Film ID:
YFA 5827



Visitor Tabs


Every day at Fylingdales, the Early Warning Missile Base high on the North York Moors near Whitby in North Yorkshire, 5000 space objects come under the day-and-night questioning of 100-ton radar scanners. The basic function of Fylingdales is to alert the West to possible Russian nuclear ballistic attack. Three 'golf-balls' dominate Fylingdales, along with a smaller listening-ear dome which analyses interference from unwanted radio and television signals. This documentary provides a fascinating insight into the function of Fylingdales. We visit the operation room, accessed by a secret 800 metre long tunnel, and find out about the 700 people who man this highly-secret, self-contained township. Peace protestors and CND supporters have their say too.

The film opens showing an aerial view over a town, possibly Tadcaster, with a commentary explaining the preparations for a possible nuclear attack, including 18,000 local warning units.  One of these is the Hare and Hounds pub, possibly at Sutton, near Tadcaster.  The landlord of the pub gives a demonstration of the warning machine he has which he turns with a handle.

The film switches to the North York Moors, where ramblers are out walking looking over the Hole of Horcum looking towards Fylingdales early warning station, seen in the distance, described as “the unsleeping eye”.  The Commanding Officer, Captain Roger Sweptman, drives there, passing the security gate, explaining the role of the station.  The commentary relates that the base was opened in 1963 at a total cost of £43m, of which £8m was covered by the UK, and that it occupies 2,000 acres of moorland.  Some detail is given of the globular radar scanners.  They enter an 800 meter tunnel, especially reinforced to prevent microwave interference.  The CO’s car is checked.  He explains that the base is capable of detecting ballistic rockets, seconds after take-off, who fired it and when it will reach the UK.  However, it cannot detect powered object, like planes or cruise missiles.   It is explained that the base is linked in with an early warning system based in the US, and that its primary mission is to deter the Soviet Union from launching an attack because it can warn early enough to enable retaliatory action.   Its secondary mission is to catalogue all objects in space, some 15,000.  The base is a self-contained township having its own water and electricity supply – eight US built diesel generators.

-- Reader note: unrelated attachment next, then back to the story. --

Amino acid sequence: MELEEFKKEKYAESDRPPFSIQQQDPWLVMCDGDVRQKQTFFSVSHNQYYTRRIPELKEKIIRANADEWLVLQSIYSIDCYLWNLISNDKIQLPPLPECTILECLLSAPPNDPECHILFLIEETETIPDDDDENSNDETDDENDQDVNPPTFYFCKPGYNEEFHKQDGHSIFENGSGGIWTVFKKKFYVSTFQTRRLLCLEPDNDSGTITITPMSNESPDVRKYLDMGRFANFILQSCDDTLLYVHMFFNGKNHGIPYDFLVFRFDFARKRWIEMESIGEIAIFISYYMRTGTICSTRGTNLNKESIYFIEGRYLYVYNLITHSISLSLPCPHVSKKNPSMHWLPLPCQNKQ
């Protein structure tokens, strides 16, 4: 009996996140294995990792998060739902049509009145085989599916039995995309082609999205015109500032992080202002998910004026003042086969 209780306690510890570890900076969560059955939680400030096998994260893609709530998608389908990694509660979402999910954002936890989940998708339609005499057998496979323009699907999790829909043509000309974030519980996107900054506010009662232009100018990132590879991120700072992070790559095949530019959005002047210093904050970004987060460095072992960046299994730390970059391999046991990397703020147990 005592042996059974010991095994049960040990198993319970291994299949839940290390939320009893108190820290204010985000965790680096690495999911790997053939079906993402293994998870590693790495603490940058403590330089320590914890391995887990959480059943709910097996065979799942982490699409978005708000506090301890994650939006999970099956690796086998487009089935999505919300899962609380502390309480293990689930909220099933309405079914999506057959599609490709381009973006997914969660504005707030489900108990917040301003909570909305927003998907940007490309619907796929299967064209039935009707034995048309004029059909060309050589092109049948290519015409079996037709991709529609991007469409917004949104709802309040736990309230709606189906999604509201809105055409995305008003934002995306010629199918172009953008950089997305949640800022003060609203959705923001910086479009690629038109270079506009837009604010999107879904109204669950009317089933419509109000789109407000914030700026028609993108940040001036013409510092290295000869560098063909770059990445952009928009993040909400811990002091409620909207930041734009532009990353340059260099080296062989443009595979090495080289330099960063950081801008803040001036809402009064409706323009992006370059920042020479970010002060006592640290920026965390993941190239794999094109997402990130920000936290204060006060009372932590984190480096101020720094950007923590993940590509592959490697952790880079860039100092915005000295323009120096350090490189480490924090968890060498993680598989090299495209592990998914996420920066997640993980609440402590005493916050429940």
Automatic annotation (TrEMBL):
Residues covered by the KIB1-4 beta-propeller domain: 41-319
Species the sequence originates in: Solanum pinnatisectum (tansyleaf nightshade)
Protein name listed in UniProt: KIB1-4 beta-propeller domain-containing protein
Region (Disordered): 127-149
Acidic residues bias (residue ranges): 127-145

The CO states that he wants to refute any suggestion that retaliatory action is carried out at the base, but maintains that it only provides information to the UK Prime Minister and the President of the US.  Once they have carried out this their job is complete.

Outside the base is a small peace camp made up of CND supporters.  One of them is interviewed and states that there should never be any retaliatory action.  Their placards point out the discrepancy between the fact that 3 million children die of starvation every year, and yet £442,000,000,000,000 is spent on arms by the world each year. One woman from Scarborough states that the Fylingdales Base represents death.  The CO argues that they and the demonstrators both want the same thing, but that he believes that deterrence is the only policy that works, and that disarmament has been tried and found wanting.  

A local farmer, Lorn Wilkinson, is interviewed and he states that he supports the base and believes that what they are doing is right.  The only US officer stationed at the base, a liaison officer, Major Jim Webber, is interviewed. He states that the base is entirely UK run, but explains how it fits in with the whole early warning system.  He takes up the issue of retaliatory action, and states that the base could detect “a tea tray over Moscow”.  There is a rehearsal in the operation room, with a scenario of 13 rocket missiles being detected, arriving in just 7 minutes.  In this case planes would be scrambled, nuclear submarines put on standby.  The film shows York Police Station beginning to alert citizens, and the landlord at the Hare and Hounds pub.  The film ends with the message that so far deterrence has worked.

End credits:
Producer/Director - Frank Kilbride Narrator - Paul Dunstan
Yorkshire Television